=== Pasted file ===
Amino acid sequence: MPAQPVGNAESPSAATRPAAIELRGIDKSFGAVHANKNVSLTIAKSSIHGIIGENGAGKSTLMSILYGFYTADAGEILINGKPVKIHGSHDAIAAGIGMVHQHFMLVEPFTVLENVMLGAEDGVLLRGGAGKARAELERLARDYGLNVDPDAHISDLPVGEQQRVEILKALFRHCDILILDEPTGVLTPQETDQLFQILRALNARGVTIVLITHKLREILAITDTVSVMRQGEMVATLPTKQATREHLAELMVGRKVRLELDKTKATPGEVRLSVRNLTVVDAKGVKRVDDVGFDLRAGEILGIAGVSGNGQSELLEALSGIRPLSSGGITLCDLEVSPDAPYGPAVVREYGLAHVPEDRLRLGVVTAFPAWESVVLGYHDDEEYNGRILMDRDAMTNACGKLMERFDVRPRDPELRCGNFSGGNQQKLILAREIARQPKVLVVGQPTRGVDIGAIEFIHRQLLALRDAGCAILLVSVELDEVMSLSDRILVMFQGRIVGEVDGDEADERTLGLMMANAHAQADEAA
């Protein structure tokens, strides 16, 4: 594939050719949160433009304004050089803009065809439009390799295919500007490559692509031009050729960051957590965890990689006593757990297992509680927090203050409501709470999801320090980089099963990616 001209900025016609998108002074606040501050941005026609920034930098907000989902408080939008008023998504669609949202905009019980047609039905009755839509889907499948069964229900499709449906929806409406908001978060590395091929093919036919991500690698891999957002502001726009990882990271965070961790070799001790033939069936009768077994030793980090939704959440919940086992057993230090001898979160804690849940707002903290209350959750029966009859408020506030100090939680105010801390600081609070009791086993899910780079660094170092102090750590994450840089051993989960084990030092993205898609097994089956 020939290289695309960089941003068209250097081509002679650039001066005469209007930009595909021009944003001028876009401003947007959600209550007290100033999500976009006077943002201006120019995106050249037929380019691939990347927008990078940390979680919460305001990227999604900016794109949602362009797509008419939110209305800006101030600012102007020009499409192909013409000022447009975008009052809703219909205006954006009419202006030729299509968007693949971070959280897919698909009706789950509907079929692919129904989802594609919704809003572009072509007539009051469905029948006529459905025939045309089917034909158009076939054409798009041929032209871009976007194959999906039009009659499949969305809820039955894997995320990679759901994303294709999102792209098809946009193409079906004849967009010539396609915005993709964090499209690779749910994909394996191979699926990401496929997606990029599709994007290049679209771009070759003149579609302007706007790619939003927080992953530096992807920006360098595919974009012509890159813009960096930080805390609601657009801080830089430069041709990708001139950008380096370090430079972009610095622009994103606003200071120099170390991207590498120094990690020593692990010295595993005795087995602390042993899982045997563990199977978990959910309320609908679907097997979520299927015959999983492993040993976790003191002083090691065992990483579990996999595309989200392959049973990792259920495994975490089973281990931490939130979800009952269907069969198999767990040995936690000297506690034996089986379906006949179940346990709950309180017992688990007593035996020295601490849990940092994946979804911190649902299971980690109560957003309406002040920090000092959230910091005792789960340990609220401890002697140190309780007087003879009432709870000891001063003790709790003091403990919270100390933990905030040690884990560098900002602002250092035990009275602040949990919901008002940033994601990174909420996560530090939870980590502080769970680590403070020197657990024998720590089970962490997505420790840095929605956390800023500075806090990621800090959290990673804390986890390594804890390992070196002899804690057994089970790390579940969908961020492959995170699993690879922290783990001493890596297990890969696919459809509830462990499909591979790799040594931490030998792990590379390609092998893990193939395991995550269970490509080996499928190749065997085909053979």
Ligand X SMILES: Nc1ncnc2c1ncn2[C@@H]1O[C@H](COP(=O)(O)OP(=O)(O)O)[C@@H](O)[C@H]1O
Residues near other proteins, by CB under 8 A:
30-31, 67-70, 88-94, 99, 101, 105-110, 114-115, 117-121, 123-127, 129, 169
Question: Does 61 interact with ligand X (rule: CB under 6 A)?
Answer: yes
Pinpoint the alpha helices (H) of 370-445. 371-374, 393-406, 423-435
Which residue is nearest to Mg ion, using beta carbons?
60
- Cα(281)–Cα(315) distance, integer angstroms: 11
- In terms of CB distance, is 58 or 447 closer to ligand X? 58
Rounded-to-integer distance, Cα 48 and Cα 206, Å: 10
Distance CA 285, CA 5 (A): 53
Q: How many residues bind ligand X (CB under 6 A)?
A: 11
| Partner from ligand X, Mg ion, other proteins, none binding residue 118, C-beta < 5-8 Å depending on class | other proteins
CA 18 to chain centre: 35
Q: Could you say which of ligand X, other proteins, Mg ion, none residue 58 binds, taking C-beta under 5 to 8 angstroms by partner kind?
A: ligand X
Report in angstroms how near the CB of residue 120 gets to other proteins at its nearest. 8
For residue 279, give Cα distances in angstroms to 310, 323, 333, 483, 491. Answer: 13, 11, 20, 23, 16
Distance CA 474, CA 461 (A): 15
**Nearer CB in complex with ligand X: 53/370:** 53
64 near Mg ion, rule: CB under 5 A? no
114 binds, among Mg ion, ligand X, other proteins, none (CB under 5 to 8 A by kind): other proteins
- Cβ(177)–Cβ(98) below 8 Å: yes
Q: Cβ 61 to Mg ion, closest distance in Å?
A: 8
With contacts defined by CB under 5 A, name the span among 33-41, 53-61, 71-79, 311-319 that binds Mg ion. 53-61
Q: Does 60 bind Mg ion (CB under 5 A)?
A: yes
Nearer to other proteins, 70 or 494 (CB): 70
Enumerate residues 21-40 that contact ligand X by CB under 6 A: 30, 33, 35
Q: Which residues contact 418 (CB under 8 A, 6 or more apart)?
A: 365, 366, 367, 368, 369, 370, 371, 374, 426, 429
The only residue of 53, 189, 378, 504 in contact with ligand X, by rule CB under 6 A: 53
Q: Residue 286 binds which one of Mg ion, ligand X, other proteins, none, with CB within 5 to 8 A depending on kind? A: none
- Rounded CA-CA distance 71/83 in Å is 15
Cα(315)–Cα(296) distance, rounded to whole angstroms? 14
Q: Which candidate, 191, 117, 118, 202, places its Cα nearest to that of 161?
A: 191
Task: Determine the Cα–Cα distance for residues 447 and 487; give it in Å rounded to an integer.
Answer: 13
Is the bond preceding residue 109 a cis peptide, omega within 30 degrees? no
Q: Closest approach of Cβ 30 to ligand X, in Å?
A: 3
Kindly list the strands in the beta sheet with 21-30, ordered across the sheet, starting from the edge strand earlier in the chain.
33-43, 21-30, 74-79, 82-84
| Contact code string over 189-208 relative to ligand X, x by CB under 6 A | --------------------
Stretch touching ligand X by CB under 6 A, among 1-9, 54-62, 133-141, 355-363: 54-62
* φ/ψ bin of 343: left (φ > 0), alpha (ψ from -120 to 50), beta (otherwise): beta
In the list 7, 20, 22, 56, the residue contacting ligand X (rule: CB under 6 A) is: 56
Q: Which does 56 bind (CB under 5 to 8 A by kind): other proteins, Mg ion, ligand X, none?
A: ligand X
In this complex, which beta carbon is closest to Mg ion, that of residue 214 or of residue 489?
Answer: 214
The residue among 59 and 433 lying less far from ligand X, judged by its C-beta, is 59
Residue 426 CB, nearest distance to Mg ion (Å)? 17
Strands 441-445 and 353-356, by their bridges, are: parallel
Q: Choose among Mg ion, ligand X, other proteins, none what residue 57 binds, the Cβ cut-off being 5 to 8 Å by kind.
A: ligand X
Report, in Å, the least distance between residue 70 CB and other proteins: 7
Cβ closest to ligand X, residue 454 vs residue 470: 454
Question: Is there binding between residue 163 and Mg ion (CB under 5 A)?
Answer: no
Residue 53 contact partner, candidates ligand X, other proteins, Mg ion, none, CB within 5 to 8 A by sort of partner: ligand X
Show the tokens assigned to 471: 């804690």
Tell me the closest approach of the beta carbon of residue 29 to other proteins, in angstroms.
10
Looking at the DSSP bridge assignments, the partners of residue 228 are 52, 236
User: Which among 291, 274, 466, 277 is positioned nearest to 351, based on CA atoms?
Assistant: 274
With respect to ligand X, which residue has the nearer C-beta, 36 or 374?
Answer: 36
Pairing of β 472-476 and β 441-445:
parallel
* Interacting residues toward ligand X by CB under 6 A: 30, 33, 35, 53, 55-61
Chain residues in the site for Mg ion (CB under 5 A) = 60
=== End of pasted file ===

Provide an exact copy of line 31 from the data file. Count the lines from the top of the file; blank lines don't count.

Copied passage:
Q: Does 60 bind Mg ion (CB under 5 A)?